Isoelectric focusing (IEF) and SDS electrophoresis were performed as we have previously described [12]. Briefly, 15 μg of each labeled sample was diluted in rehydration buffer to 450 μl for IEF. A 24-cm strip, pH3-10NL was rehydrated by adding 2 % DTT, 0.5 % IPG buffer and 0.002 % bromophenol blue room temperature for 8 hours. Samples were applied to rehydrated strips and loaded onto an Ettan IPGphor 3. IEF was performed overnight for 60,000 volt-hours (vhr). The next day, the strips were equilibrated with 1 % DTT followed by 2.5 % iodoacetamide for 15 minutes each and separated in a 13.5 % SDS gel. Finished gels were scanned on a Typhoon Trio (GE Healthcare). The pictures were edited using ImageQuant TL 7.0 software (GE Healthcare). Differential in-gel analysis (DIA) and biological variation analysis (BVA) of the two-dimensional differential gel electrophoresis (2D DIGE) results were performed using DeCyder 2D 7.0 Software (GE Healthcare).

Pairwise comparisons

In order to confirm the statistical validity of spots of interest identified by DIA analysis, pairwise comparisons of the various groups were made to allow BVA. Pairwise comparisons were performed on randomly paired individual samples from each group labeled respectively with Cy3 or Cy5 or vice versa and using a mixed sample labeled using Cy2 as an internal standard.

Phosophoprotein staining

In order to determine the phosphorylation of spots 4 and 5, 2-D gels were run (as described above) with a single sample, either UAGT/Luc and UAGT/IL-17R:Fc, and stained with Pro-Q Diamond phosphoprotein gel stain reagent for phosphorylated protein. The locations of spots 4 and 5 were identified using landmarks, and the gels were washed and stained with Sypro Ruby for total protein. Spots 4 and 5 were then cut from the gel and protein ID performed to confirm their identity. Both reagents were obtained from Thermo Fisher Scientific Inc. Waltham, MA USA.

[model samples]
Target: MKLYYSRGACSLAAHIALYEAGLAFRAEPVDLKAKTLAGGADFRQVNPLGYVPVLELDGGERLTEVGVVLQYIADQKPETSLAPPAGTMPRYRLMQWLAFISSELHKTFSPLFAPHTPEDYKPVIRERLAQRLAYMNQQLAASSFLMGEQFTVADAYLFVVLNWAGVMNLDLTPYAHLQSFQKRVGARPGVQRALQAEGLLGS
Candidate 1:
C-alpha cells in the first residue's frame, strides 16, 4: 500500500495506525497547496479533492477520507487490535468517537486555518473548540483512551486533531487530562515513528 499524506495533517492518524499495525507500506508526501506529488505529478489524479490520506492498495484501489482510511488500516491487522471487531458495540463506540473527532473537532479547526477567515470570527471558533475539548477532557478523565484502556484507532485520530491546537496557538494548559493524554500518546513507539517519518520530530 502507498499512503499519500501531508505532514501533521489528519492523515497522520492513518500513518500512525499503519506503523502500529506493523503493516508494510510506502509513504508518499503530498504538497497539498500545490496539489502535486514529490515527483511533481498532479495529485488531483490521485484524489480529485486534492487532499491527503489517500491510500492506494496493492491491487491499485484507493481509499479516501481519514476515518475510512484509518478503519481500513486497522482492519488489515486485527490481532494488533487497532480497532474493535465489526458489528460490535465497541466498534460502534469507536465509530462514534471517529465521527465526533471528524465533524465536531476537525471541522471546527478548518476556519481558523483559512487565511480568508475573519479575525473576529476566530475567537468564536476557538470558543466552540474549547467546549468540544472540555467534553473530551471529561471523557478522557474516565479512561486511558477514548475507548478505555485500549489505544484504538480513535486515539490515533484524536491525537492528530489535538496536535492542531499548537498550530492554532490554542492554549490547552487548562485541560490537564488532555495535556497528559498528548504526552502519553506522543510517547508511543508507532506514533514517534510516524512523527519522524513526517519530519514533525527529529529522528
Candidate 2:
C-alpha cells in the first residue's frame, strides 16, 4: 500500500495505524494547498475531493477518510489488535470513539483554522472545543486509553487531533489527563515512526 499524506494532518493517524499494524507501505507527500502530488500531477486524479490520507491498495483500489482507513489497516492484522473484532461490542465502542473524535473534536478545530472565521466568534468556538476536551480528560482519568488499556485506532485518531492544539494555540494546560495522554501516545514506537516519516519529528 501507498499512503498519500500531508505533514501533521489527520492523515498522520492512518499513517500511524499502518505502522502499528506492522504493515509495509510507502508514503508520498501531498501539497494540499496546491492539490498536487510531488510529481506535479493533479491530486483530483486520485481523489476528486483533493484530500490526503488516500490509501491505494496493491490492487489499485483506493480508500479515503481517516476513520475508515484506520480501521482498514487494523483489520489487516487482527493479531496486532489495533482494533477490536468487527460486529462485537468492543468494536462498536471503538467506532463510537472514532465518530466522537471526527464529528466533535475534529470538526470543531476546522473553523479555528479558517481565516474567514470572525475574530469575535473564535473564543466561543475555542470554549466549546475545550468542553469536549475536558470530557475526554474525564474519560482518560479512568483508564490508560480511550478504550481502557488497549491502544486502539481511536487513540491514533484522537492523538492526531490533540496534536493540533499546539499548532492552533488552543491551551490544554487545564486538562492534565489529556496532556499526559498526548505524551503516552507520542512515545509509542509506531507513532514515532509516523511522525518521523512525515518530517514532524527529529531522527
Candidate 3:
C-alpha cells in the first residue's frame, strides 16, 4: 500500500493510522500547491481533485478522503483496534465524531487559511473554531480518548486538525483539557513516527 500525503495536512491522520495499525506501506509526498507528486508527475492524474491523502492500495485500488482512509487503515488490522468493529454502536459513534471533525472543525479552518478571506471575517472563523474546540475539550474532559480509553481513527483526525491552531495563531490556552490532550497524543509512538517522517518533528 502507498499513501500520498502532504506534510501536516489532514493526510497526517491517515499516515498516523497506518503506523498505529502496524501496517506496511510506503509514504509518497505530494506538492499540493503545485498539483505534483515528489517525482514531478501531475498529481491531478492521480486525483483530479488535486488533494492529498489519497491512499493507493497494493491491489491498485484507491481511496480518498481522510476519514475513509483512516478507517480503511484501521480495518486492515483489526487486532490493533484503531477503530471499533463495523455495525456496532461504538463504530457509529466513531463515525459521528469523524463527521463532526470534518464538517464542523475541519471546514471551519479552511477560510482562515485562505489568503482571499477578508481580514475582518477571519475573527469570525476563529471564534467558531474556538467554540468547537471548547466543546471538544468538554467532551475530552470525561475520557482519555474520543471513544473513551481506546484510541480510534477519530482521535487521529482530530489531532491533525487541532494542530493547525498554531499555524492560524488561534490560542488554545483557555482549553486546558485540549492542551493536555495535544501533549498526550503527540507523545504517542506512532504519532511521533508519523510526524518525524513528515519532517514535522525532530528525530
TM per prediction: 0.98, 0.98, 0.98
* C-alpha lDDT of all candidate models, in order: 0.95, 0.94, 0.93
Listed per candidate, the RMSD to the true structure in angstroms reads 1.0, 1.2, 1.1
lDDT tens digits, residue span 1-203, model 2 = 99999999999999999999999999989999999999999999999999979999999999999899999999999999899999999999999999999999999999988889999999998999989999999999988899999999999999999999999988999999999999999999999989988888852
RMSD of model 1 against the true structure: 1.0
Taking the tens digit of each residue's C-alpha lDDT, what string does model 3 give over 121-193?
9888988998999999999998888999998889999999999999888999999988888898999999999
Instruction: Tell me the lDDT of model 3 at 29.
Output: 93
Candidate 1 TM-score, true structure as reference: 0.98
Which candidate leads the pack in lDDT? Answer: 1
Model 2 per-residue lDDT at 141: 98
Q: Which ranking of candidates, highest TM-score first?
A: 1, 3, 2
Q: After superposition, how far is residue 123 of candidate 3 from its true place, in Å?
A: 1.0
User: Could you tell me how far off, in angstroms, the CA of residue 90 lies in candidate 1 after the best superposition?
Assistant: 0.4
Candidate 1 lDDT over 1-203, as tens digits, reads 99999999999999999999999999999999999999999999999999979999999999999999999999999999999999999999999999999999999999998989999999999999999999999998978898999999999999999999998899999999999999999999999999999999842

Protein identification

Protein identification was performed as previously described [13]. Briefly, protein spots of interest were excised from the 2-D gel, reduced by DTT, alkylated with iodoacetamide, digested with trypsin and desalted with C18 ZipTips (Millipore Corporation, Billerica, MA, USA). Both mass spectrometry (MS) and tandem mass spectrometry (MS/MS) analyses of the digested peptides were performed on the matrix-assisted laser desorption/ionization time-of-flight mass spectrometry (MALDI-TOF)/TOF tandem MS (Bruker UltrafleXtreme MALDI TOF/TOF Mass Spectrometer, Bruker Daltonics Inc. Billerica, MA, USA). The database search and analysis were performed using FlexAnalysis and BioTools software (Bruker Daltonics Inc.) against mouse Swiss-Prot protein database using a local Mascot search engine.

Statistical analysis

Group comparisons in Figs. 1a and 2 were made using the Mann-Whitney U test. Analysis of proteomic profiles was performed within the DeCyder software, with 2-fold changes as the threshold. DIA was used for pooled gels and BVA was used for pairwise comparisons. In all cases, statistical significance was considered to be p <0.05.
Fig. 1

Local IL-17 sequestration following IL-17R:Fc gene transfer to the salivary gland of Aec1/Aec2 mice. a Relative mRNA levels of the IL-17R:Fc fusion protein following gene transfer with varying amounts of an adenovirus vector (1E7, n = 4, 1E8, n = 5, 1E9, n = 5) or ultrasound-assisted gene transfer (UAGT)/IL-17R:Fc (n = 4). Error bars are + standard error of the mean. b Western blot analysis of salivary gland tissue treated with UAGT/IL-17R:Fc relative to UAGT/Luciferase (Luc) and the background strain. Glyceraldehyde 3-phosphate dehydrogenase (GAPDH) was used as a housekeeping control

Fig. 2